The diagnostic and statistical manual of mental disorders is the standard classification of mental and health disorders that is used by professionals for diagnostic and research purposes. DSM, also known as the ‘mental health bible’, is what psychiatrists use to render an official diagnosis.

The draft for DSM V has been submitted and it will soon be published. Once it is published in May 2013, DSM-V will become the new textbook used for reference by mental health professionals. It is predicted to change everything from worker compensation claims to research and even prescribing medication for mental illnesses.

Advantages of the new manual that seem to be beneficial are the focus on dimensional assessment and careful consideration of gender, race and ethnicity. David Kupfer, M.D., chair of the DSM-5 Task Force explains his reasons for the suggested changes, “We know that anxiety is often associated with depression, for example, but the current DSM doesn’t have a good system for capturing symptoms that don’t fit neatly into a single diagnosis.”

But then a significant question lingers behind all the optimism: Will it dispel the confusion or create more of it?

With the recent changes in the upcoming DSM V the term “workplace sanity” is very likely to be redefined. Psychologists and psychiatrists all over the world fear that these controversial changes will lead to issues like “over-treatment” and “mislabelling”.

Even though the doctors can turn a deaf ear to the unnecessary changes, the courts will irrefutably have to obey them. This has been predicted by Doron Samuell, a psychiatrist who is an expert in workers’ compensation and insurance. This would further lead to a steep rise in the legal disputes and compensation cases. Insurance companies, psychologists, and the medical community depend on DSM daily to make decisions in the lives of clients. So the bigger the changes, the bigger will be the impact.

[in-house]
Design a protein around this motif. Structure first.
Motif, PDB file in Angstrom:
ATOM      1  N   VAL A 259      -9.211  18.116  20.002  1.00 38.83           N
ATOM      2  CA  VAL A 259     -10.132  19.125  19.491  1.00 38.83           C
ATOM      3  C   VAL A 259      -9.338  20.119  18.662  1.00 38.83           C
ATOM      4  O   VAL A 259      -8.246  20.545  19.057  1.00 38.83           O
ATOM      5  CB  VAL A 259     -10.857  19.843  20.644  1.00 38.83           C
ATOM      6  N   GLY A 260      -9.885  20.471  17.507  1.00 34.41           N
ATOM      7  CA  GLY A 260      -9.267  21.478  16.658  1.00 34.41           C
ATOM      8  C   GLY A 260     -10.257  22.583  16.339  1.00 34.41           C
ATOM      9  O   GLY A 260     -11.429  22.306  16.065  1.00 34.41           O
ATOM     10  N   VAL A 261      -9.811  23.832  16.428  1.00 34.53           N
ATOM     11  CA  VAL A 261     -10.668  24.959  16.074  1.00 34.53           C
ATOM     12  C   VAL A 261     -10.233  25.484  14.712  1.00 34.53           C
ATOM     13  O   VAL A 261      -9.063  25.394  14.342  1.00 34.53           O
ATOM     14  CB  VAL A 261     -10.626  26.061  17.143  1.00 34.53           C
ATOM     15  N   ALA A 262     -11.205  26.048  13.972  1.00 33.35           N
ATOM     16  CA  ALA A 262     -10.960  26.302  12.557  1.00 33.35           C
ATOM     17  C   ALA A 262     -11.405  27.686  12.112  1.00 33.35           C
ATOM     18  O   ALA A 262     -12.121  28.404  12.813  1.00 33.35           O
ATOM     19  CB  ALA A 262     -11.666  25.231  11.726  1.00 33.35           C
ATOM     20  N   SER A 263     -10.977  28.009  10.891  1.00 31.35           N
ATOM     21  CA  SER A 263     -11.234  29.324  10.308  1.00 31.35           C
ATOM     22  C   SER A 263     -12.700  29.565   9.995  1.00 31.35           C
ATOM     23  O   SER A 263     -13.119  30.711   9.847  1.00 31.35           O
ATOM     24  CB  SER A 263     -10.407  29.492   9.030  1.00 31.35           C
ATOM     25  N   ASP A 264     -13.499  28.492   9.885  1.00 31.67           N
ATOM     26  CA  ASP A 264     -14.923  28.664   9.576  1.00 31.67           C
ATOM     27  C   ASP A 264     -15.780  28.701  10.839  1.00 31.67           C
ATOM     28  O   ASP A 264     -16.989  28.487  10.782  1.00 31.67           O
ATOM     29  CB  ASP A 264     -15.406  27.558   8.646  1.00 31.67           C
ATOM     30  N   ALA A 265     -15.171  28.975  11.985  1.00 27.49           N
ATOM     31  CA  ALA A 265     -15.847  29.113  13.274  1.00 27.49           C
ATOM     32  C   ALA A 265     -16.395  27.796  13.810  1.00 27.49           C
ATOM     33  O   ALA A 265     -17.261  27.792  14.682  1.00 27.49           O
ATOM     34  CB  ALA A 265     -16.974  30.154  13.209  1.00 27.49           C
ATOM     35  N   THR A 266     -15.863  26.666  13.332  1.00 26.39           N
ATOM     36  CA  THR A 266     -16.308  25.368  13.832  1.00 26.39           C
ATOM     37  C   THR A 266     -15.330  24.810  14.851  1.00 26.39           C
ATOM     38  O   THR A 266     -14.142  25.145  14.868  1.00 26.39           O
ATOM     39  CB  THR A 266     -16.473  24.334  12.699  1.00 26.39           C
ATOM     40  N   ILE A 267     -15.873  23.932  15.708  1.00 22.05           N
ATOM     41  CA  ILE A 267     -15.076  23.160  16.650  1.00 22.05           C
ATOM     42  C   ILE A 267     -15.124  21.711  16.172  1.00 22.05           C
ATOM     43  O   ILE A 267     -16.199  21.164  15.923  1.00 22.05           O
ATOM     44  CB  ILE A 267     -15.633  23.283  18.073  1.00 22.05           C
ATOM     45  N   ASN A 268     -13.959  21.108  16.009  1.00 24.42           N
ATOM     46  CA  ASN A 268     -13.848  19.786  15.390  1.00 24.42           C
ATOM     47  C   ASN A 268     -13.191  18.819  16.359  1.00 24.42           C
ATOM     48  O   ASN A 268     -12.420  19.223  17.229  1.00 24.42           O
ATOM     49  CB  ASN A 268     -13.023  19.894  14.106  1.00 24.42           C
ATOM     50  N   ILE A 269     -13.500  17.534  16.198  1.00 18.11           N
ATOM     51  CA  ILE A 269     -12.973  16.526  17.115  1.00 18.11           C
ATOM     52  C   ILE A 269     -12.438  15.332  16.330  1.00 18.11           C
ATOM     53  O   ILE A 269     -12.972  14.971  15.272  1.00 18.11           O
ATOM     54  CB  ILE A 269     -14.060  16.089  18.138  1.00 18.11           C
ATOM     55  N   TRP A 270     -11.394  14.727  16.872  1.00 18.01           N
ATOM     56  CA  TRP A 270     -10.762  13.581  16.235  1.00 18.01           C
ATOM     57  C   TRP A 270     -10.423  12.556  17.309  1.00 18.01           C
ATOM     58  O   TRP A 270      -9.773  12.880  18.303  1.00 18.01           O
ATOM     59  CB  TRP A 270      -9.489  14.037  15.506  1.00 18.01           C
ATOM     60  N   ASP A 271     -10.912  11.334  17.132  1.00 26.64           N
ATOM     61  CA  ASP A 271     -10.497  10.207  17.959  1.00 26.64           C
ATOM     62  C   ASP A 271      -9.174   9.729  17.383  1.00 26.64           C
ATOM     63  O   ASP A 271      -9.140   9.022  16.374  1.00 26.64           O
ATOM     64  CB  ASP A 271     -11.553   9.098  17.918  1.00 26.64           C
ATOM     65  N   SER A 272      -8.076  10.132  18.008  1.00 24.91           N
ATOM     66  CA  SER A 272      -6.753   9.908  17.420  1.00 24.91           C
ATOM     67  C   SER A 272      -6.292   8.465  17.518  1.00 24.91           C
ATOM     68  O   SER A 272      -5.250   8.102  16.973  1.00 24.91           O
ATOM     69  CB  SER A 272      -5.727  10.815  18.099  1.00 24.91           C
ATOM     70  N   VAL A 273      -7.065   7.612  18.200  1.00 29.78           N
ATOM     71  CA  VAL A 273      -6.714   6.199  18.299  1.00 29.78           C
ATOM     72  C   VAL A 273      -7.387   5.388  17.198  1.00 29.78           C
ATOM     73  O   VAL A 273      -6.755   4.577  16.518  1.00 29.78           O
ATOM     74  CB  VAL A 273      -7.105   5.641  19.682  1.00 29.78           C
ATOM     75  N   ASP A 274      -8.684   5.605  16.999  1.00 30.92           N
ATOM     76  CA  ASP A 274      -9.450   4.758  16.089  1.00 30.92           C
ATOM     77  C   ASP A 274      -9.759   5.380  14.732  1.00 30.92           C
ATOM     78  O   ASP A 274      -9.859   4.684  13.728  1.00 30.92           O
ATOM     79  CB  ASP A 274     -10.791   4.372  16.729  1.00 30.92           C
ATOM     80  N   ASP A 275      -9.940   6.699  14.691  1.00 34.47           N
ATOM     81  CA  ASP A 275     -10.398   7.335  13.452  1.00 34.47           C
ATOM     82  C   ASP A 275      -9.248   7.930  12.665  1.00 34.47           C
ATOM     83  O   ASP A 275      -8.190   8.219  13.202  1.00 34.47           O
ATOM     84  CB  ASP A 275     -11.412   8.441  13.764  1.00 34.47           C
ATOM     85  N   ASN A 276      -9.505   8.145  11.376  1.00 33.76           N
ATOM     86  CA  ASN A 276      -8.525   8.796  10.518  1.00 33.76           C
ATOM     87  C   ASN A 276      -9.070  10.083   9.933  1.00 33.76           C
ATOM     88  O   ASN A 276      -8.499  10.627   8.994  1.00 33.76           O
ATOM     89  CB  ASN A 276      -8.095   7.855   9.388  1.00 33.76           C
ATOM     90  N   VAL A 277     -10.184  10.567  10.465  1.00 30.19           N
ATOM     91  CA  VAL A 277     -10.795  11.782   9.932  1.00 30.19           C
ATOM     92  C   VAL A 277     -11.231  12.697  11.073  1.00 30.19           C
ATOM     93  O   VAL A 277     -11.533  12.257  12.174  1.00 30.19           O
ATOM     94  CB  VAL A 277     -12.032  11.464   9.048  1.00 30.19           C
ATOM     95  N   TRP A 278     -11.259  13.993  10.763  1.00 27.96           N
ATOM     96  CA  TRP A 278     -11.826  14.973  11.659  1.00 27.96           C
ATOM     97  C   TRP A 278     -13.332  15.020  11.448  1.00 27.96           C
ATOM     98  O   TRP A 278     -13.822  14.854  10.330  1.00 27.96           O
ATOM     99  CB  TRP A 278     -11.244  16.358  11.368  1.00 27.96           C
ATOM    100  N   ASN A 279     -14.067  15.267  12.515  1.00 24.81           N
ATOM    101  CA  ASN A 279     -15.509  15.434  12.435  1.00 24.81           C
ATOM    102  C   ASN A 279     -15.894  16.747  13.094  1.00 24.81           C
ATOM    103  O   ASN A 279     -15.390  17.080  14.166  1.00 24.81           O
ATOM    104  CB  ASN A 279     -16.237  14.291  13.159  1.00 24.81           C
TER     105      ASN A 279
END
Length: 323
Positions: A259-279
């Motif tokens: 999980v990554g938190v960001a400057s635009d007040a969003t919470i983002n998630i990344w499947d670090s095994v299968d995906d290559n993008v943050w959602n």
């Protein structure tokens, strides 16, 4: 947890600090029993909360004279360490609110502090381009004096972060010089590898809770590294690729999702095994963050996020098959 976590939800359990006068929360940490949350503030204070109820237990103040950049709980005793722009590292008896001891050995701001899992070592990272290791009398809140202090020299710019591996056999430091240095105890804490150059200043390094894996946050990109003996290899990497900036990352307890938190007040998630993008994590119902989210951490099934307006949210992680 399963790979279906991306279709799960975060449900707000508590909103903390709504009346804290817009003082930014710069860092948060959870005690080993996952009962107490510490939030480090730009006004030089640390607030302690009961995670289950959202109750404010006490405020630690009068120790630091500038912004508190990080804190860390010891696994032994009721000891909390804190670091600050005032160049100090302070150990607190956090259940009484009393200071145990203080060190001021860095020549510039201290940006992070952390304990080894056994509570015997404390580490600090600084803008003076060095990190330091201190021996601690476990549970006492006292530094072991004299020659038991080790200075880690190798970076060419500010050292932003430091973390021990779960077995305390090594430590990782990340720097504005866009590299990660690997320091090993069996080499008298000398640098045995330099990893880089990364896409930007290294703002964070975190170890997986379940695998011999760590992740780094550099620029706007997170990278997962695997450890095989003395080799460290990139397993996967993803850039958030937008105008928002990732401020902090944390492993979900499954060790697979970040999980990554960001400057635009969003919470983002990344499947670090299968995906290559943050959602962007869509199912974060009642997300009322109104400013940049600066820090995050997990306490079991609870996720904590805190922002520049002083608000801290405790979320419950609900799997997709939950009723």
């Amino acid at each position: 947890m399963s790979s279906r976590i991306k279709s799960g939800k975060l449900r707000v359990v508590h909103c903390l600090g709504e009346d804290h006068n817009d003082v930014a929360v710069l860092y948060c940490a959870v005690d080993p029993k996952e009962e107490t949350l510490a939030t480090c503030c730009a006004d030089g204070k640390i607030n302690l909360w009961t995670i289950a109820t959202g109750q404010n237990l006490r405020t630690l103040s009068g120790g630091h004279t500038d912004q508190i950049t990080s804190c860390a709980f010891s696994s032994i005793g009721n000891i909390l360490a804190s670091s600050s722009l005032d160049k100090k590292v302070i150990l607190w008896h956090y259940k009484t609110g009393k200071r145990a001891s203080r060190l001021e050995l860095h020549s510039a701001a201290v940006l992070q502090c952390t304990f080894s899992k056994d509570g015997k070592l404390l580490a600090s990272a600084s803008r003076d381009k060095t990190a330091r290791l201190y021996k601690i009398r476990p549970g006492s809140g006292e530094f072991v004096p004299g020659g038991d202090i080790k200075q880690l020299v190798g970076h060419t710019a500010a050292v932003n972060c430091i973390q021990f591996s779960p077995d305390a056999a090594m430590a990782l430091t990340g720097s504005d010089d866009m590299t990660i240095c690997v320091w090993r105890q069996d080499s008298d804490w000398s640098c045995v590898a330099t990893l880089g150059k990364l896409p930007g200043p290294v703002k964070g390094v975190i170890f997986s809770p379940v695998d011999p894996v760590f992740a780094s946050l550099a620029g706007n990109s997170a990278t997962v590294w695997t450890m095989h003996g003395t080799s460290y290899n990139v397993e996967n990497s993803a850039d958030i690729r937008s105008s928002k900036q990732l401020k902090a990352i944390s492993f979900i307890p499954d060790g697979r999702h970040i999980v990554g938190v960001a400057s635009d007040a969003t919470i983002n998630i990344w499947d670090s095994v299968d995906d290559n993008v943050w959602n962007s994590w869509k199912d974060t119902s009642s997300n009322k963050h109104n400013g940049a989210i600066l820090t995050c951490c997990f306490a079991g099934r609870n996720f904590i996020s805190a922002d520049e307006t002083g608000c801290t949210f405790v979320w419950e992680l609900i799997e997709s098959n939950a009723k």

There are many essential concerns that sprouted as a result of the revised changes. Firstly, lowering the threshold for diagnosis may create a problem of irrelevant claims. It may give rise to an increase in non-clinical diagnosis and overmedication reducing the resources for those genuinely in need of them.  Dr. Samuell states the example of an emergency worker who may put forward a claim of PTSD even after hearing details without being directly involved in an accident.

Another problem may show up when the new manual removes the distinction criteria between personality disorders and other conditions. So now, bullying claims even as a result of interpersonal conflicts will appear significant as a result.

A recent report from Safe Work Australia said, “Besides the burden work-related mental stress places on the health and welfare of employees, the impact on productivity of workplaces and the Australian economy is substantial”.

Even the architect of DSM-IV, Allen Frances has advised courts not to take up the new manual. He told Fairfax that when the criteria for diagnosing attention deficit hyperactivity was reduced by his team, it alone lead to an increase in its prevalence by 200%. There has been a tenfold increase in the autism diagnosis in the past 40 years and since the last DSM revision in 2000, it has increased 78%.

DSM-V’s content is already posing questions at society’s definition of what is considered “normal”. Critics have already labelled it as “hopelessly flawed”. Allen Frances states that, “Psychiatry is subject to fads” and “and very small changes can have huge unintended consequences.

Let’s just hope that for sanity’s sake, these changes are for the best.

Related articles:

Australia Counselling recently spoke to Dr. Joel Paris about the new changes in the DSM-5. You can view that interview here.


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